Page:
Democrats cancel debates, bar audience from debate
The Democratic National Committee said that as a precautionary measure against COVID-19 spreading, there will be no live audience at the nationally televised Sunday debate in Phoenix and Arizona
Coronavirus sweeping the US is casting its dark shadow on the nation's politics in an election year leading to the Democrats cancelling campaign rallies and barring audience from the debate between former Vice President Joe Biden and Senator Bernie Sanders, who are vying for the party nomination to challenge President Donald Trump in November.
Both their campaigns announced on Tuesday that they were calling off their rallies scheduled for next week in Ohio.
The Democratic National Committee said that at the request of the two campaigns as a precautionary measure against COVID-19 spreading, there will be no live audience at the nationally televised Sunday debate in Phoenix and Arizona.
Trump and his potential adversaries are all over 70 belonging to an age group most at risk from coronavirus.
The Democratic and Republican primaries -- the intra-party polls to select the nominees for the presidential election -- was held through postal ballots in Washington State, which is most hit by coronavirus with 29 deaths as of Tuesday night.
Tuesday was the polling day for the state, but instead of coming to polling stations voters had to mail their ballots or deposit them in drop boxes.
The political threat of coronavirus is being felt with seven members of Congress, who were exposed to people infected by it, going into self-quarantine while Congress takes up Trump's proposals to deal with the economic crisis sparked by the disease.
One of them is Representative Mark Meadows, who was appointed by Trump as his chief of staff on Friday and will not be able to participate directly in the coronavirus crisis management.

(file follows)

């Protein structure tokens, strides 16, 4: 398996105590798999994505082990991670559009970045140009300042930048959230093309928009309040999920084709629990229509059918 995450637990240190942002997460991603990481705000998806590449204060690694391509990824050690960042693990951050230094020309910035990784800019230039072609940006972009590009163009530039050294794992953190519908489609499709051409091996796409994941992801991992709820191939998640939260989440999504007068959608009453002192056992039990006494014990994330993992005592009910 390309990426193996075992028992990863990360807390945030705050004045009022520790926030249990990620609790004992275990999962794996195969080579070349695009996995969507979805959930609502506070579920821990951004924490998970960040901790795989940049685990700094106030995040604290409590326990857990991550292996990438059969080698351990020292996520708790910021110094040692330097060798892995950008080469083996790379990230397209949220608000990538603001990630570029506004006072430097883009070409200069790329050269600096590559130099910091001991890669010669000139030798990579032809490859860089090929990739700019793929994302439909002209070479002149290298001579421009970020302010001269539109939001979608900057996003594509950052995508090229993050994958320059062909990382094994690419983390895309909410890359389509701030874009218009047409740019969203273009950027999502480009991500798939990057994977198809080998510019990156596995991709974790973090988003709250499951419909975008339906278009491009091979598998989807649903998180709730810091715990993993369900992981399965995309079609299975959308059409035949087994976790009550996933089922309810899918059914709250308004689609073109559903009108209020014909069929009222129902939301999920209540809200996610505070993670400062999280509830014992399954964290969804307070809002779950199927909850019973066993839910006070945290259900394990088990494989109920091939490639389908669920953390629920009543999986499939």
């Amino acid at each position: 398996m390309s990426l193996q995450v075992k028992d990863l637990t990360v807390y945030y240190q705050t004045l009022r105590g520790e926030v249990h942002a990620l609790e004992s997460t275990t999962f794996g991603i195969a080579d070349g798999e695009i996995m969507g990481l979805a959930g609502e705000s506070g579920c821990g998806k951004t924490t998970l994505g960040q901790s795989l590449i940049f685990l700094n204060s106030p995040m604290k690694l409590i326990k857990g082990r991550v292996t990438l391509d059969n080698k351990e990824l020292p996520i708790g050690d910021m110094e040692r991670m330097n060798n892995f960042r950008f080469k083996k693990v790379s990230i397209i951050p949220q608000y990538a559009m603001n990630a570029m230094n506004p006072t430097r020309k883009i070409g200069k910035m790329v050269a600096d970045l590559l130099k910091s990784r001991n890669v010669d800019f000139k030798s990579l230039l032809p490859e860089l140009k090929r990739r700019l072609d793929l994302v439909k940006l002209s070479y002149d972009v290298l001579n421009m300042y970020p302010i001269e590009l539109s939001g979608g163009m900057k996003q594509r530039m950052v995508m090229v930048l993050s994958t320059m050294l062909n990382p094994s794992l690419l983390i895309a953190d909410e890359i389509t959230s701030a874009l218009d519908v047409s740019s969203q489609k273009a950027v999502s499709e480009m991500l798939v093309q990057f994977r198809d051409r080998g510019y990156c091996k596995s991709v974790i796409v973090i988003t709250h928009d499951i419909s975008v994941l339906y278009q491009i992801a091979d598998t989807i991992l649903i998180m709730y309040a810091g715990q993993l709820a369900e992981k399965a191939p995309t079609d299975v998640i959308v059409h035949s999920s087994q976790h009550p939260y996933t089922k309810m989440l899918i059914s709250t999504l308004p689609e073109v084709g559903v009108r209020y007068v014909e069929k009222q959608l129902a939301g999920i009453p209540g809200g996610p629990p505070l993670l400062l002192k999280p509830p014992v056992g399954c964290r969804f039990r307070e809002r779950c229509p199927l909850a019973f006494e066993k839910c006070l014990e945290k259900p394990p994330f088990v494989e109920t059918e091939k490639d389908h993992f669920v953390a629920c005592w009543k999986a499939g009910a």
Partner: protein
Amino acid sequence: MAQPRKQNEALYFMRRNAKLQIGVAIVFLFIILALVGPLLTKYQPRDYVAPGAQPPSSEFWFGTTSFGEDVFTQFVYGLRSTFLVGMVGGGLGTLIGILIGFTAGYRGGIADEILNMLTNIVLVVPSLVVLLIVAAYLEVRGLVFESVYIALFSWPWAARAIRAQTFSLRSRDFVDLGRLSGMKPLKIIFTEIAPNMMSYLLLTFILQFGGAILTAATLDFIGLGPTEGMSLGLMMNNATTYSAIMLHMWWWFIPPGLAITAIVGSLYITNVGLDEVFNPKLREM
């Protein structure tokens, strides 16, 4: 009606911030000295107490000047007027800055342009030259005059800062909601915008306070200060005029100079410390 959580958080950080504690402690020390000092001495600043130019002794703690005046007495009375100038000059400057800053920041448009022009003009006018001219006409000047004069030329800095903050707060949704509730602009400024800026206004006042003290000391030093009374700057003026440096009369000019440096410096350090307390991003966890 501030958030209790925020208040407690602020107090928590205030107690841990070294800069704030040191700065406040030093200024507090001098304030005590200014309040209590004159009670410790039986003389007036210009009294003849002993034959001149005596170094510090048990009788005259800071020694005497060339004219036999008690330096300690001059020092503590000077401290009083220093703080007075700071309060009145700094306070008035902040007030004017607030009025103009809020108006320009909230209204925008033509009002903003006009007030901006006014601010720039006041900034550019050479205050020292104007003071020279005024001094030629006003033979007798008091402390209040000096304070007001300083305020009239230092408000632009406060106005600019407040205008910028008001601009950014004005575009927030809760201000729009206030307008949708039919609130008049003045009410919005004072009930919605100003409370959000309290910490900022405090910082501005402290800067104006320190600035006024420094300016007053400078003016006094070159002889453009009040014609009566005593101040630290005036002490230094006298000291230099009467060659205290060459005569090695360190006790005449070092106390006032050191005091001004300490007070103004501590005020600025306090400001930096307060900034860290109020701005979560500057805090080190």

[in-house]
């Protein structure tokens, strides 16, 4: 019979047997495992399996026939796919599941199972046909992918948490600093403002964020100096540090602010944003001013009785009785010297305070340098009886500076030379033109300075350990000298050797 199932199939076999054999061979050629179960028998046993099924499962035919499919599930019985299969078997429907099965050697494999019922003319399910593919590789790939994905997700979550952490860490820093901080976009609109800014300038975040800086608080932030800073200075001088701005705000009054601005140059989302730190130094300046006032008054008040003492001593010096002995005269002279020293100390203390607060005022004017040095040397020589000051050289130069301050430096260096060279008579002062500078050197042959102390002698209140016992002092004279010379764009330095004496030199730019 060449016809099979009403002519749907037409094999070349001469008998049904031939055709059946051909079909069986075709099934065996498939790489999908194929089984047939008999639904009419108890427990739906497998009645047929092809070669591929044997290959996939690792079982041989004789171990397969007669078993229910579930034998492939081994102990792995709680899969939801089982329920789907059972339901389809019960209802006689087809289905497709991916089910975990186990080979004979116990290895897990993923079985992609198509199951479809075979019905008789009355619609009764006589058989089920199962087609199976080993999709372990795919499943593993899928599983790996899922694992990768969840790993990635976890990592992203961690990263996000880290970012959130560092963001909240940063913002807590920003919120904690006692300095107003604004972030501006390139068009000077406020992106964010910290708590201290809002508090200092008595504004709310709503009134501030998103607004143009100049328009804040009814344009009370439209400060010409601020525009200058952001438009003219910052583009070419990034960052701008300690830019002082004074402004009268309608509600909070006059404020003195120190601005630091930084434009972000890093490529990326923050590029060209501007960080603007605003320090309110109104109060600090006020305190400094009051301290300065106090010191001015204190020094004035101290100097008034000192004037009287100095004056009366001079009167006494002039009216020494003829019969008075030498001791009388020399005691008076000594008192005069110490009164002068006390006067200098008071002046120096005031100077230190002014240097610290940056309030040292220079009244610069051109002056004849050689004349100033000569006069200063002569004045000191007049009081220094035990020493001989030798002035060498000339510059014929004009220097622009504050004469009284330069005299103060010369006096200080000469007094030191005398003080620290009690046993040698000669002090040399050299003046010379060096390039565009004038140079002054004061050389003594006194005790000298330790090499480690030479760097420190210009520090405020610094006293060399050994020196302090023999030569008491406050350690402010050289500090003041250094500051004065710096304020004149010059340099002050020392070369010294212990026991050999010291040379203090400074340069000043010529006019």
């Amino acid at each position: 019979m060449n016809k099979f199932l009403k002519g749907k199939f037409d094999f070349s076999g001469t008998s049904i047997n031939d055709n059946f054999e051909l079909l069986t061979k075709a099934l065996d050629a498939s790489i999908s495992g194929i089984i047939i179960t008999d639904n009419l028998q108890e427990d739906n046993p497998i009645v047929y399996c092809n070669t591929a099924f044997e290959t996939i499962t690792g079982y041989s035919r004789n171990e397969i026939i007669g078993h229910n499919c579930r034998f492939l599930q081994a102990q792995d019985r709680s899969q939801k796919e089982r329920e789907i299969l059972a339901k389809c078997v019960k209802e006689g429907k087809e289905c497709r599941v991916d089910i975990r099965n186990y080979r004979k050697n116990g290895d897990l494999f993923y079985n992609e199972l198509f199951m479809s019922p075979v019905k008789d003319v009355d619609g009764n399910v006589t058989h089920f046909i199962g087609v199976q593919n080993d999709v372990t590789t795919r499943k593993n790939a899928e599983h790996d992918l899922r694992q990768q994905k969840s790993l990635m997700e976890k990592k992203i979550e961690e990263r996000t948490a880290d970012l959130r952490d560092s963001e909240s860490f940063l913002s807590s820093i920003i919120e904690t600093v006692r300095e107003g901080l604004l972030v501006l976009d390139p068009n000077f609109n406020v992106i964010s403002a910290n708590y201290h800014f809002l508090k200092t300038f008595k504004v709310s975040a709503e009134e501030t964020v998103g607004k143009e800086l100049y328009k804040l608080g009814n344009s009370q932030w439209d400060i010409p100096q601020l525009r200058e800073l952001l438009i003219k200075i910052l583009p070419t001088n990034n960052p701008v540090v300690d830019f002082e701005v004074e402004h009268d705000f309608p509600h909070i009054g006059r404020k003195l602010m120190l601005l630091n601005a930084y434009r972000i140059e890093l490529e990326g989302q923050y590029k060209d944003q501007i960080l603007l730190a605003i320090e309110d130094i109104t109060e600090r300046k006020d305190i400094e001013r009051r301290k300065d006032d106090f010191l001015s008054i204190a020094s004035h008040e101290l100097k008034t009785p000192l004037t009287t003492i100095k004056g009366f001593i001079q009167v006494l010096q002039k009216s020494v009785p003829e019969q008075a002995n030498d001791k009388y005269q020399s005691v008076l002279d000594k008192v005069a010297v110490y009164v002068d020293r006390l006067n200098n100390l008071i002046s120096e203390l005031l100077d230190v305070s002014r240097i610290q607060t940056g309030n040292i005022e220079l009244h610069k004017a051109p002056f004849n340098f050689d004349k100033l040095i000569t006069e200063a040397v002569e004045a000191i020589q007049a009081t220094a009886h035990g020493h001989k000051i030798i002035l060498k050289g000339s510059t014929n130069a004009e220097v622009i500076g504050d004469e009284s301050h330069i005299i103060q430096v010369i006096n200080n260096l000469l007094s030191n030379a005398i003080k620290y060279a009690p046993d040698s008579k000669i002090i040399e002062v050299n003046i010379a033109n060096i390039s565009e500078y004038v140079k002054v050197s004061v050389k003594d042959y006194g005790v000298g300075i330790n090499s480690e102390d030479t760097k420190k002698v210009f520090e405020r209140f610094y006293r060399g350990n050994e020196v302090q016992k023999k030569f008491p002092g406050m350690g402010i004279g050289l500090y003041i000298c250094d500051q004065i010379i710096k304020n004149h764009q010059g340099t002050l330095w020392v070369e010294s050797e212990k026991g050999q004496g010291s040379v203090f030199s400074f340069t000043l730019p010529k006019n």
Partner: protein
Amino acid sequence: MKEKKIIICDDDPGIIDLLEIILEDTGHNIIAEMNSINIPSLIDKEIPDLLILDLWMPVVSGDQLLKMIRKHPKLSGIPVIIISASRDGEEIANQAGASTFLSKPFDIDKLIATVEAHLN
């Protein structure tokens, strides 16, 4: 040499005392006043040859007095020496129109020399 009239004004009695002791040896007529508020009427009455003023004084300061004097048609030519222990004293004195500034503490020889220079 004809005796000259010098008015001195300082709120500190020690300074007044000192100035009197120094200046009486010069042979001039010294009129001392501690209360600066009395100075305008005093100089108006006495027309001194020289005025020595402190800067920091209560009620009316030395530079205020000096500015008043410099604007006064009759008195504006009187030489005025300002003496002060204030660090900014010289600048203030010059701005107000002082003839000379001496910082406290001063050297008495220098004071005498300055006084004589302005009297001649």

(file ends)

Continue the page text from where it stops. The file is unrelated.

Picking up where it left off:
Doctors have recommended that those who had come in contact with an infected person quarantine themselves for 14 days so that they do not inadvertently spread the disease if they had caught it.
Besides Meadows, Trump has come into contact with also three other members of Congress in self-quarantine leading to questions about his possible exposure to the disease and if he was tested for it.
His Spokesperson Stephanie Grisham said on Monday night that he was not tested "because he has neither had prolonged close contact with any known confirmed CoVID-19 patients nor does he have any symptoms" and added that he was in "excellent health."
Trump, who revels in large crowds, does not have any rallies scheduled, although he is to participate in a fundraiser for a Republican senator in Colorado on Friday.
As the campaign for president and other offices heats up, the US will have to grapple with how the politicians can interact with voters while protecting themselves as well as the crowds they draw.
The danger to politicians is illustrated by the case of the three of the members of Congress in self-quarantine who had come into contact with an infected person while attending a political meeting, the Conservative Political Action Conference, last month.
Anthony Fauci, who is the administration's leading scientific authority on the coronavirus crisis, has not taken a stand on whether large gatherings can be held or not saying that it would depend on the time and whether there has a been a community outbreak of the disease at the place.
"If you're talking about a campaign rally tomorrow, in a place where there is no community spread, I think the judgment to have it might be good judgment," he said on Monday.
But, "If you want to talk about large gatherings in a place where you have community spread, I think that's a judgment call," he said.
House of Representatives Speaker Nancy Pelosi has written to members of her Democratic Party that she would be consulting with the House doctor and staff members about holding sessions, although she saw "no reason for us not to continue with our vital legislative work in the Capitol."
Both chambers of Congress have not scheduled any sessions next week.